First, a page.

In Kalra v. Adler Pollock & Sheehan, No. 3:18-CV-00260 (KAD) (D. Conn. Nov. 5, 2021), Connecticut Kari A. Dooley, despite citing “egregious course of conduct by the Plaintiffs”, denied the defendants’ motion to dismiss Plaintiffs’ complaint as a sanction for Plaintiffs’ continued failure to comply with the Court’s discovery orders and also denied plaintiffs’ cross-motion for sanctions pursuant to Rule 11 of the Federal Rules of Civil Procedure (FRCP) for the purportedly frivolous motion to dismiss.
In this case involving claims that the defendants, former legal counsel to the plaintiffs, had breached their duty of loyalty to the plaintiffs, Judge Dooley began her ruling with this statement:
“This Court has previously observed:
Time and again, this Court has ordered the Plaintiffs to meet their discovery obligations. Time and again, the Plaintiffs have failed to do so. At this juncture, the only remaining question is what the consequences shall be for this egregious course of conduct by the Plaintiffs.
Whether this observation has continued viability, i.e., whether Plaintiffs have, in fact, still not provided discovery as ordered, and if not, what the appropriate sanction should be, is addressed herein.”
Judge Dooley then recapped the plaintiffs’ egregious discovery failures, including consistent failure to provide timely responses to discovery requests (even after the Court accepted their motion to modify the scheduling order, which was unopposed by the defendants), the Court’s granting of multiple defendants’ motions to compel and awarding attorneys’ fees of a total of over $42,000 (for two separate granted motions). The plaintiffs even failed to timely respond to the defendants’ motion to dismiss, but eventually did so, asserting that they had fully complied with the Court’s discovery orders; that the motion to dismiss was baseless and that Rule 11 sanctions should therefore issue. A week later, they also filed a motion for extension of time nunc pro tunc, within which to respond to Defendants’ motion to dismiss (citing a death in counsel’s family), which was granted by the Court.
Judge Dooley began with the plaintiffs’ cross-motion first, stating: “Plaintiffs’ motion for sanctions utterly ignores the strict and explicit requirements of Rule 11 and is denied.” She observed: “Rule 11(c)(2)…, the so-called safe harbor provision, precludes a party from filing a motion for sanctions until twenty-one days after service upon the opposing party, thereby giving the other party an opportunity to correct the allegedly improper filing…Here, Plaintiffs certified that they provided Defendants with a copy of their motion for sanctions on the same day that it was filed, to wit, through the Court’s electronic filing system. This procedure clearly does not comply with Rule 11(c)(2).” She also rejected the cross-motion on another basis, that “Rule 11 explicitly ‘does not apply to disclosures and discovery requests, responses, objections, and motions under Rules 26 through 37.’”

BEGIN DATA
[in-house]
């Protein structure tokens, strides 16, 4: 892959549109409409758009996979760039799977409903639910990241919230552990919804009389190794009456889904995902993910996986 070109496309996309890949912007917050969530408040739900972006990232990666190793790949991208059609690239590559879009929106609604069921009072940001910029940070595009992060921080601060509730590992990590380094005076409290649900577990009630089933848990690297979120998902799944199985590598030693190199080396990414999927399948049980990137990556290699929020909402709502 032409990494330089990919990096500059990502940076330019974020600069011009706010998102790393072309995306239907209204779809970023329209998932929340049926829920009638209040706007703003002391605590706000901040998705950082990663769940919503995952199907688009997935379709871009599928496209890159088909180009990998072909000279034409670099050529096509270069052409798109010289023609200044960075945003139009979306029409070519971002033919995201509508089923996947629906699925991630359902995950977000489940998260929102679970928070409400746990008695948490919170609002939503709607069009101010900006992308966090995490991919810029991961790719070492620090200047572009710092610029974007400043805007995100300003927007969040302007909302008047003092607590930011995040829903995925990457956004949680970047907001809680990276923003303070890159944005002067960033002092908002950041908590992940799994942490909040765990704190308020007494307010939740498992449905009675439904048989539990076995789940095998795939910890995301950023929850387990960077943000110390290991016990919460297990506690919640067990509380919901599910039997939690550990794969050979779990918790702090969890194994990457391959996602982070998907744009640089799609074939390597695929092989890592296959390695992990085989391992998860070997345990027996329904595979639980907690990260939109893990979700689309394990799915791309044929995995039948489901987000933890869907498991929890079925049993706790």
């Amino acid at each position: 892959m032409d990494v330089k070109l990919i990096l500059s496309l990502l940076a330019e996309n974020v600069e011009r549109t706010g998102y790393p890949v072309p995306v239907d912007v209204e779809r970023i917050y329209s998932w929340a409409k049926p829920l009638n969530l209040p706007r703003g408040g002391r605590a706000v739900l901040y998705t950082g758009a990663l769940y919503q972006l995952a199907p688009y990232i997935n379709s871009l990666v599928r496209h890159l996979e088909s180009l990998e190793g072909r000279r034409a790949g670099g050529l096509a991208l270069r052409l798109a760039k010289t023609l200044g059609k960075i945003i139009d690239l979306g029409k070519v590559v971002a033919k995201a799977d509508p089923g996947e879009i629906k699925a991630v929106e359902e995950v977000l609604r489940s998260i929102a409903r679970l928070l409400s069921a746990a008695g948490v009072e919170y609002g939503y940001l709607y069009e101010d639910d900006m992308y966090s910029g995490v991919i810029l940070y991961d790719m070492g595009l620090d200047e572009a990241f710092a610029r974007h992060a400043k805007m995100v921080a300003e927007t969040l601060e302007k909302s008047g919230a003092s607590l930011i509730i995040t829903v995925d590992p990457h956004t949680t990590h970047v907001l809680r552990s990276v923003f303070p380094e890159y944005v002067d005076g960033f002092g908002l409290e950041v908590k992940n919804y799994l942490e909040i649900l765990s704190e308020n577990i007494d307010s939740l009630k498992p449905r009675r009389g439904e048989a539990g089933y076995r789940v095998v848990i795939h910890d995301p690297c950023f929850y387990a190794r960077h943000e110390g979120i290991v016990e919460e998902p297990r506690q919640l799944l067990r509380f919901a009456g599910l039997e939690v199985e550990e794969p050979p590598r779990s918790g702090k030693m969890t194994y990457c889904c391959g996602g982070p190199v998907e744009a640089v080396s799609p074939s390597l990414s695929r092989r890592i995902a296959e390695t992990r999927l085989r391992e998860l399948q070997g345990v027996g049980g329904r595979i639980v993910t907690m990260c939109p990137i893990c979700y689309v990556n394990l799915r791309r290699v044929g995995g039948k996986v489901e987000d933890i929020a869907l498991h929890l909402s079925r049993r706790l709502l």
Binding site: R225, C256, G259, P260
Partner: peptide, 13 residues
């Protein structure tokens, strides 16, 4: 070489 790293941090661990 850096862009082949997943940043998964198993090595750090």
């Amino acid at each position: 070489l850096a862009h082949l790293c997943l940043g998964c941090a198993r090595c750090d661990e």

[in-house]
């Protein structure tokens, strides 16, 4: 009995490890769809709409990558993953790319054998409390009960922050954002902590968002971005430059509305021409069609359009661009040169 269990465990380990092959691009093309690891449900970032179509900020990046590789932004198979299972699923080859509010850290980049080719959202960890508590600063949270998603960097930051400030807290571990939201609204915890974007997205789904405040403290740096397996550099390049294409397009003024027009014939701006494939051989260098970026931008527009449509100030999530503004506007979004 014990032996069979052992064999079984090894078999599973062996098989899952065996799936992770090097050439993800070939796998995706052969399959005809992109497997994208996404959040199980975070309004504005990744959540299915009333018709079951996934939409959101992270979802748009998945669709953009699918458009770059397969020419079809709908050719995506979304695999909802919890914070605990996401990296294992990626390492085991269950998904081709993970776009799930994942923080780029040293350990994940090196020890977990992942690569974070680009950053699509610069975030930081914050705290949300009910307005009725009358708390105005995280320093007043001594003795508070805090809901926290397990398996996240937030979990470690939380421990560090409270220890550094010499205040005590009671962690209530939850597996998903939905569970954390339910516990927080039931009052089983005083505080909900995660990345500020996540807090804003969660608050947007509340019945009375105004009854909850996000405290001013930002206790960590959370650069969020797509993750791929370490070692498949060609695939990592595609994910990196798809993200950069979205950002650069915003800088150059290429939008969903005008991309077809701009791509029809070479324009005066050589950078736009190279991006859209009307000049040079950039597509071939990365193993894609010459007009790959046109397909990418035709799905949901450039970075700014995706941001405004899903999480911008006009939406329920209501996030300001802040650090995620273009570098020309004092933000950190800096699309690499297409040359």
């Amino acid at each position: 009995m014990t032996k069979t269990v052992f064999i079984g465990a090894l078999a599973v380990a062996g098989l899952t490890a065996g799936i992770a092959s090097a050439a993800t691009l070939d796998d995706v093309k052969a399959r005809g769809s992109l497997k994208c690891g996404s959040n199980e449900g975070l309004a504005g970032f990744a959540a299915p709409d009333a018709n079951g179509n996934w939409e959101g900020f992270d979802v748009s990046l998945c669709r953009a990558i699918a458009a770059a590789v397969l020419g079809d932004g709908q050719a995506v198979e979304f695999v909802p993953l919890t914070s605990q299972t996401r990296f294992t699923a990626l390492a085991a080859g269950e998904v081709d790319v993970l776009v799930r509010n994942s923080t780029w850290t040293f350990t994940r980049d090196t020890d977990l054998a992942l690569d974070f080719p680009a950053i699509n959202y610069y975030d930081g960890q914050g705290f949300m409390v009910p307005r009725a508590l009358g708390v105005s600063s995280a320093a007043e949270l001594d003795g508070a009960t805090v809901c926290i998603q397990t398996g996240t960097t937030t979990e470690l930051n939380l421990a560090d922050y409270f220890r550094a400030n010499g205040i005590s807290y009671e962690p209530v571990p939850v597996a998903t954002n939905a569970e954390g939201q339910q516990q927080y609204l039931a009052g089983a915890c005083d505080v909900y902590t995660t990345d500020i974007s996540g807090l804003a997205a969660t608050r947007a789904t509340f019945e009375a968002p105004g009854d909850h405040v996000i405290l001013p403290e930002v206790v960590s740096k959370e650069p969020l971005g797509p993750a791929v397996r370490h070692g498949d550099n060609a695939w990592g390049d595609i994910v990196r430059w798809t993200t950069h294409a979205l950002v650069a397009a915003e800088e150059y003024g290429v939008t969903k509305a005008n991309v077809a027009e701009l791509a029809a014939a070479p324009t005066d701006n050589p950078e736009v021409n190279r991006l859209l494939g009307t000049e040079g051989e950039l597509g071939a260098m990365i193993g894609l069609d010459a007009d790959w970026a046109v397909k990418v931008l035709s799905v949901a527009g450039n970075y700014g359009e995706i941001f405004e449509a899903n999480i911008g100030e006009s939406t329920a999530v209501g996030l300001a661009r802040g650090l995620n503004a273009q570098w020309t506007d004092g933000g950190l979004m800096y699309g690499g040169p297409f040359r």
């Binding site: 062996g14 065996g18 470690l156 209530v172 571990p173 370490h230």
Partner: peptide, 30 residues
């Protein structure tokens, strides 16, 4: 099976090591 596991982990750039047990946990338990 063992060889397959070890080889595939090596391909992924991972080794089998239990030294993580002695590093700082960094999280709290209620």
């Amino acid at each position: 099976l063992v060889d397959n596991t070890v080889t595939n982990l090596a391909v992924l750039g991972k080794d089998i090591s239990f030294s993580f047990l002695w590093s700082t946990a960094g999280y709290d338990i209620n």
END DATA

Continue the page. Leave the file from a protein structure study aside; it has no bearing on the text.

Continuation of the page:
As for the defendants’ motion to dismiss regarding the plaintiffs’ egregious discovery behavior, Judge Dooley stated: “To be sure, if, at this juncture, the Court were to determine that Plaintiffs have yet again failed to provide the discovery at issue, dismissal would be an appropriate sanction. As discussed below, however, the Court cannot so conclude.” She noted that “In response to the Court’s most recent order, Plaintiffs produced to Defendants all of the documents that had been in prior counsel’s possession. In doing so, Plaintiffs enlisted the assistance of an attorney to organize the documents by category and to review them for work product or privileged communications. Moreover, Plaintiffs produced to Defendants an additional fourteen documents on a variety of subjects.”
With regard to the defendants’ contention that the plaintiffs did not reveal the nature and scope of the search undertaken to locate and produce the communications at issue, Judge Dooley said, in denying the defendants’ motion: “Defendants’ skepticism, no doubt, derives from Plaintiffs’ heretofore abysmal effort to meet its discovery obligations in this case. However, the Court cannot, on this record, conclude that Plaintiffs continue to withhold responsive documents. Plaintiff Kalra states, under oath, that he searched for the requested communications as between the directors and officers of TAL and Asia Pacific at the request of both prior and current counsel and that “all such communications in Plaintiffs’ possession” have been disclosed. That prior counsel did not believe he had been provided such records at a date specific in the past, does not demonstrate that the records have not been produced at this juncture. Further, the Court has not previously ordered, or been asked to order, Plaintiffs to conduct the search by any particular method or using specific search terms. Plaintiffs’ refusal to respond to Defendants’ inquiry in this regard, does not therefore form an additional basis to conclude that the disclosures were not complete or that Plaintiffs’ complaint should be dismissed as a result.”
So, what do you think? Should the plaintiffs have been given so many chances to correct their egregious discovery behavior? Please share any comments you might have or if you’d like to know more about a particular topic.
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